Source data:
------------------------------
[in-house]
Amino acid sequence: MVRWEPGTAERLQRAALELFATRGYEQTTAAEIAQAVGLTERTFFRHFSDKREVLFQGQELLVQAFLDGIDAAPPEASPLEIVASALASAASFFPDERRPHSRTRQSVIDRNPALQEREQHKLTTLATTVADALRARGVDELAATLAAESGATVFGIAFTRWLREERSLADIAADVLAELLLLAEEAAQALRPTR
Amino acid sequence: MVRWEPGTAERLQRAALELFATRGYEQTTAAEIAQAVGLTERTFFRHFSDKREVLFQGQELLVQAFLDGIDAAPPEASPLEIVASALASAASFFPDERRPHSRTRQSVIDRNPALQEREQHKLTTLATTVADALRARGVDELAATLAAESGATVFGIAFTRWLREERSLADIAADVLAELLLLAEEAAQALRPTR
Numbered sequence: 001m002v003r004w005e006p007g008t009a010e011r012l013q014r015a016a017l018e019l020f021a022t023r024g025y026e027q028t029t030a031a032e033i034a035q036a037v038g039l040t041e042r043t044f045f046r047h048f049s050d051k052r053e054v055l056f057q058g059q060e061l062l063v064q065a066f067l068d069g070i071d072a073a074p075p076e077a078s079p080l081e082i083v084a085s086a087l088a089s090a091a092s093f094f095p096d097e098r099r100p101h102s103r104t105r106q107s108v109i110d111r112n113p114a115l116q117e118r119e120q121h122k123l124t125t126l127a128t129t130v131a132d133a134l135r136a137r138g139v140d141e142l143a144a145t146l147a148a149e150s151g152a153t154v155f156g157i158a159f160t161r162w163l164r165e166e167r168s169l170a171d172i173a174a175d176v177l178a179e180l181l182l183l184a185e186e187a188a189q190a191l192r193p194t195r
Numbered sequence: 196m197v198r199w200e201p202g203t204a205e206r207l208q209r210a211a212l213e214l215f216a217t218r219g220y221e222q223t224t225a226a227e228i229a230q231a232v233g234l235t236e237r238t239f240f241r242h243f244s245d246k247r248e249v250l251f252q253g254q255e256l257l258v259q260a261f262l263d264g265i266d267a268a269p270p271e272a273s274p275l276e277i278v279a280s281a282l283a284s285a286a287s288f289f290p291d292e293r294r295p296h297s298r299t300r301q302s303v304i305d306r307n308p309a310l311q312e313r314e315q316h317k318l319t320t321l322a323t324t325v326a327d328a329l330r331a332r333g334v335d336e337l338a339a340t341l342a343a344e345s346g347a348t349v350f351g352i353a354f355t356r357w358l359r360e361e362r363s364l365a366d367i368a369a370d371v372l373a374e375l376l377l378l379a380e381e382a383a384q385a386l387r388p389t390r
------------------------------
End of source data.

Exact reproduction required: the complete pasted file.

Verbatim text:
[in-house]
Amino acid sequence: MVRWEPGTAERLQRAALELFATRGYEQTTAAEIAQAVGLTERTFFRHFSDKREVLFQGQELLVQAFLDGIDAAPPEASPLEIVASALASAASFFPDERRPHSRTRQSVIDRNPALQEREQHKLTTLATTVADALRARGVDELAATLAAESGATVFGIAFTRWLREERSLADIAADVLAELLLLAEEAAQALRPTR
Amino acid sequence: MVRWEPGTAERLQRAALELFATRGYEQTTAAEIAQAVGLTERTFFRHFSDKREVLFQGQELLVQAFLDGIDAAPPEASPLEIVASALASAASFFPDERRPHSRTRQSVIDRNPALQEREQHKLTTLATTVADALRARGVDELAATLAAESGATVFGIAFTRWLREERSLADIAADVLAELLLLAEEAAQALRPTR
Numbered sequence: 001m002v003r004w005e006p007g008t009a010e011r012l013q014r015a016a017l018e019l020f021a022t023r024g025y026e027q028t029t030a031a032e033i034a035q036a037v038g039l040t041e042r043t044f045f046r047h048f049s050d051k052r053e054v055l056f057q058g059q060e061l062l063v064q065a066f067l068d069g070i071d072a073a074p075p076e077a078s079p080l081e082i083v084a085s086a087l088a089s090a091a092s093f094f095p096d097e098r099r100p101h102s103r104t105r106q107s108v109i110d111r112n113p114a115l116q117e118r119e120q121h122k123l124t125t126l127a128t129t130v131a132d133a134l135r136a137r138g139v140d141e142l143a144a145t146l147a148a149e150s151g152a153t154v155f156g157i158a159f160t161r162w163l164r165e166e167r168s169l170a171d172i173a174a175d176v177l178a179e180l181l182l183l184a185e186e187a188a189q190a191l192r193p194t195r
Numbered sequence: 196m197v198r199w200e201p202g203t204a205e206r207l208q209r210a211a212l213e214l215f216a217t218r219g220y221e222q223t224t225a226a227e228i229a230q231a232v233g234l235t236e237r238t239f240f241r242h243f244s245d246k247r248e249v250l251f252q253g254q255e256l257l258v259q260a261f262l263d264g265i266d267a268a269p270p271e272a273s274p275l276e277i278v279a280s281a282l283a284s285a286a287s288f289f290p291d292e293r294r295p296h297s298r299t300r301q302s303v304i305d306r307n308p309a310l311q312e313r314e315q316h317k318l319t320t321l322a323t324t325v326a327d328a329l330r331a332r333g334v335d336e337l338a339a340t341l342a343a344e345s346g347a348t349v350f351g352i353a354f355t356r357w358l359r360e361e362r363s364l365a366d367i368a369a370d371v372l373a374e375l376l377l378l379a380e381e382a383a384q385a386l387r388p389t390r